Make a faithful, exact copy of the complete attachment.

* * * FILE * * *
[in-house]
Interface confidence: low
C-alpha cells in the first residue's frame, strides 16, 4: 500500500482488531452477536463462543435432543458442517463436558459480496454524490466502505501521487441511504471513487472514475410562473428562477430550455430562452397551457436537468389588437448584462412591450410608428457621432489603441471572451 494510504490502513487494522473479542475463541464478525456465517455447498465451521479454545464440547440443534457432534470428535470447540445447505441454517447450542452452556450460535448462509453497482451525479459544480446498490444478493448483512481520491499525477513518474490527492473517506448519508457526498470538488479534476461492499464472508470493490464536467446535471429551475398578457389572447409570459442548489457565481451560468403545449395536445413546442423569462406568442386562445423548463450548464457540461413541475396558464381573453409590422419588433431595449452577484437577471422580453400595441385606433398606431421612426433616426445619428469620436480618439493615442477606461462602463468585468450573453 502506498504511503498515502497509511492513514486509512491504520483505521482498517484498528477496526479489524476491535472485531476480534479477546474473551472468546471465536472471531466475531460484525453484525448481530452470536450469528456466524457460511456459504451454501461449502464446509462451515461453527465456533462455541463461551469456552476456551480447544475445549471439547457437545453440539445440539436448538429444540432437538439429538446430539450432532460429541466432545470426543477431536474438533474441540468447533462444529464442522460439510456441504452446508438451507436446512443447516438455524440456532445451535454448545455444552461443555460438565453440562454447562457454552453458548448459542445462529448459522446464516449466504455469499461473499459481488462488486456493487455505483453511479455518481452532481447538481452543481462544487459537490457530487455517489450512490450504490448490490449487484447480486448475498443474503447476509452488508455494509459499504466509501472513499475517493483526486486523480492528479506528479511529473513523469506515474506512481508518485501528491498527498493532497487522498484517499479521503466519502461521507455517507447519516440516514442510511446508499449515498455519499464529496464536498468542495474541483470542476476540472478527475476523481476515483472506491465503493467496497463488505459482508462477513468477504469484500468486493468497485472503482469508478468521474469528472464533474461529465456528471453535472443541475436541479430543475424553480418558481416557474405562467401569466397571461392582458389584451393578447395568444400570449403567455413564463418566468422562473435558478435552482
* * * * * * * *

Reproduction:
[in-house]
Interface confidence: low
C-alpha cells in the first residue's frame, strides 16, 4: 500500500482488531452477536463462543435432543458442517463436558459480496454524490466502505501521487441511504471513487472514475410562473428562477430550455430562452397551457436537468389588437448584462412591450410608428457621432489603441471572451 494510504490502513487494522473479542475463541464478525456465517455447498465451521479454545464440547440443534457432534470428535470447540445447505441454517447450542452452556450460535448462509453497482451525479459544480446498490444478493448483512481520491499525477513518474490527492473517506448519508457526498470538488479534476461492499464472508470493490464536467446535471429551475398578457389572447409570459442548489457565481451560468403545449395536445413546442423569462406568442386562445423548463450548464457540461413541475396558464381573453409590422419588433431595449452577484437577471422580453400595441385606433398606431421612426433616426445619428469620436480618439493615442477606461462602463468585468450573453 502506498504511503498515502497509511492513514486509512491504520483505521482498517484498528477496526479489524476491535472485531476480534479477546474473551472468546471465536472471531466475531460484525453484525448481530452470536450469528456466524457460511456459504451454501461449502464446509462451515461453527465456533462455541463461551469456552476456551480447544475445549471439547457437545453440539445440539436448538429444540432437538439429538446430539450432532460429541466432545470426543477431536474438533474441540468447533462444529464442522460439510456441504452446508438451507436446512443447516438455524440456532445451535454448545455444552461443555460438565453440562454447562457454552453458548448459542445462529448459522446464516449466504455469499461473499459481488462488486456493487455505483453511479455518481452532481447538481452543481462544487459537490457530487455517489450512490450504490448490490449487484447480486448475498443474503447476509452488508455494509459499504466509501472513499475517493483526486486523480492528479506528479511529473513523469506515474506512481508518485501528491498527498493532497487522498484517499479521503466519502461521507455517507447519516440516514442510511446508499449515498455519499464529496464536498468542495474541483470542476476540472478527475476523481476515483472506491465503493467496497463488505459482508462477513468477504469484500468486493468497485472503482469508478468521474469528472464533474461529465456528471453535472443541475436541479430543475424553480418558481416557474405562467401569466397571461392582458389584451393578447395568444400570449403567455413564463418566468422562473435558478435552482